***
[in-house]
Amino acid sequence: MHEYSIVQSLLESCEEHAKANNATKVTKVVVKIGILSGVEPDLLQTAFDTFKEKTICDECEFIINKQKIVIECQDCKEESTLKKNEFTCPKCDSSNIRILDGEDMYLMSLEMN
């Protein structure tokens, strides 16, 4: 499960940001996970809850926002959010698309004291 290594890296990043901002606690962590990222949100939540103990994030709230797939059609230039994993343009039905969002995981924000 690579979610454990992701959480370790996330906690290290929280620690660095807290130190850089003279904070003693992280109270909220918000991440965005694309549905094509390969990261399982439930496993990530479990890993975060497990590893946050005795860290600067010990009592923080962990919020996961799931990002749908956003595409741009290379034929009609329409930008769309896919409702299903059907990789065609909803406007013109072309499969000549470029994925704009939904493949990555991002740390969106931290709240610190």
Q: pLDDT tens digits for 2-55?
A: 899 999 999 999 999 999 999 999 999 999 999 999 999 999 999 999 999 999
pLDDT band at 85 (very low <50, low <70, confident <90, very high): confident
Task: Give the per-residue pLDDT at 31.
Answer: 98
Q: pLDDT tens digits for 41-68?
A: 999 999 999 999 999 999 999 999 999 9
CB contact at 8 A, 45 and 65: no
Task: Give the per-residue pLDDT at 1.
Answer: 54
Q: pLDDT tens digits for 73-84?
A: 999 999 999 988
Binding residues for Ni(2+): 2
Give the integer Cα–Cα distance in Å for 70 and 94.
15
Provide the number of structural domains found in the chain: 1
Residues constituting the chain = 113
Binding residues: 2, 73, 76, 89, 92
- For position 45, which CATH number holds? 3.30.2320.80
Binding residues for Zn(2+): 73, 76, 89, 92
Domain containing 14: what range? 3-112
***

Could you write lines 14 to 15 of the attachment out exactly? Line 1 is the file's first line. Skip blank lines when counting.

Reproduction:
Q: pLDDT tens digits for 73-84?
A: 999 999 999 988